They may look like circus tents set up in the middle of extremely remote locations, but they’re actually a new string of solar cell systems designed by the U.S. Army.
Since July 2010 soldiers from the Kansas National Guard stationed have been using solar powered tents to survive the hot and harsh climate in Djibouti. These tents were originally created for a military pilot project, but their awesome ability to reduce fuel costs and provide clean energy has prompted the Army to think about including them in domestic equipment.
One of the most amazing features of the solar powered tents is how much money they have already saved on fuel costs. Since the solar cells are connected to a system of storage batteries, less money is spent on vehicles driving back and forth to transport fuel. That also means spending less money on replacement parts for vehicles that can break down during these fuel runs.
The tents also provide “solar shade,” a shade that blocks 80% of the sun and is much cooler than traditional tents. Because of this fewer air conditioners need to be run, which also cuts down on energy consumption.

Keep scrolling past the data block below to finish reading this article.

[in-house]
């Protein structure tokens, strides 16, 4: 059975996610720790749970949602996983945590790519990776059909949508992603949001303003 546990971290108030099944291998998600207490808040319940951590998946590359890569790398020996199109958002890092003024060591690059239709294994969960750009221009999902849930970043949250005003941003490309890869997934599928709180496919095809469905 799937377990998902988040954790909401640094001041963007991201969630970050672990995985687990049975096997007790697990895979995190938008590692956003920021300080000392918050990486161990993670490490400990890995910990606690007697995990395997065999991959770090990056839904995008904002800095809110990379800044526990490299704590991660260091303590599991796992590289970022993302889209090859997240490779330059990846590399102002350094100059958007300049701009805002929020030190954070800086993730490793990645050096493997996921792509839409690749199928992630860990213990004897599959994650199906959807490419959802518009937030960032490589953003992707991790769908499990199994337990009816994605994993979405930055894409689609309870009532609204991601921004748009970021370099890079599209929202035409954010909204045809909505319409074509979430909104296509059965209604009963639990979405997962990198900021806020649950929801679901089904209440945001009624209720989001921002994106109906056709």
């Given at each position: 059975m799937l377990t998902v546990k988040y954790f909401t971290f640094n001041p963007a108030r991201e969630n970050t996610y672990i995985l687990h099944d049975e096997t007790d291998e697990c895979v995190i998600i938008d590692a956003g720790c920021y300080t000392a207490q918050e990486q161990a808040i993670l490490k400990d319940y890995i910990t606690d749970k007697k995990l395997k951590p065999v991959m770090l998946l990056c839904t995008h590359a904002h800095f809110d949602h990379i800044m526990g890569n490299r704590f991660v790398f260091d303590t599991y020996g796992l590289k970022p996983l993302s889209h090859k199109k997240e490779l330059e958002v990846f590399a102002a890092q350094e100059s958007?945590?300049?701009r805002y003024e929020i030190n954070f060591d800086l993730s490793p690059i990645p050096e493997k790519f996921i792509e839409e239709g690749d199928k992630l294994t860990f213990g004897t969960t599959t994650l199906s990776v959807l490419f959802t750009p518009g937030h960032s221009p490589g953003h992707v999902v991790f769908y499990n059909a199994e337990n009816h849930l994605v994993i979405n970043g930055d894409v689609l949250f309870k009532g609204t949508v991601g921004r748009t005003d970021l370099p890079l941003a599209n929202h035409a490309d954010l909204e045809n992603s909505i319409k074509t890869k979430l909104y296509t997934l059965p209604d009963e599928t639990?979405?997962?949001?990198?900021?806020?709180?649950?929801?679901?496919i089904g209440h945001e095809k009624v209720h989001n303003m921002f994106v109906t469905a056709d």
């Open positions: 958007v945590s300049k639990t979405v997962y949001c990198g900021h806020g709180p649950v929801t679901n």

Other cool features of the solar powered tents include:
- They are more quiet than regular generators.
- They produce 2 kilowatts of energy per day, which is enough to run fans and hand held radios.
- Power can be used at night as long as energy is stored in the four Hawker High Mobility Multipurpose Wheeled Vehicle batteries.
To date the tents have saved over $230,000 in fuel costs. Because of this great feat they have been nominated for the 33rd Annual Secretary of the Army Energy and Water Management Awards.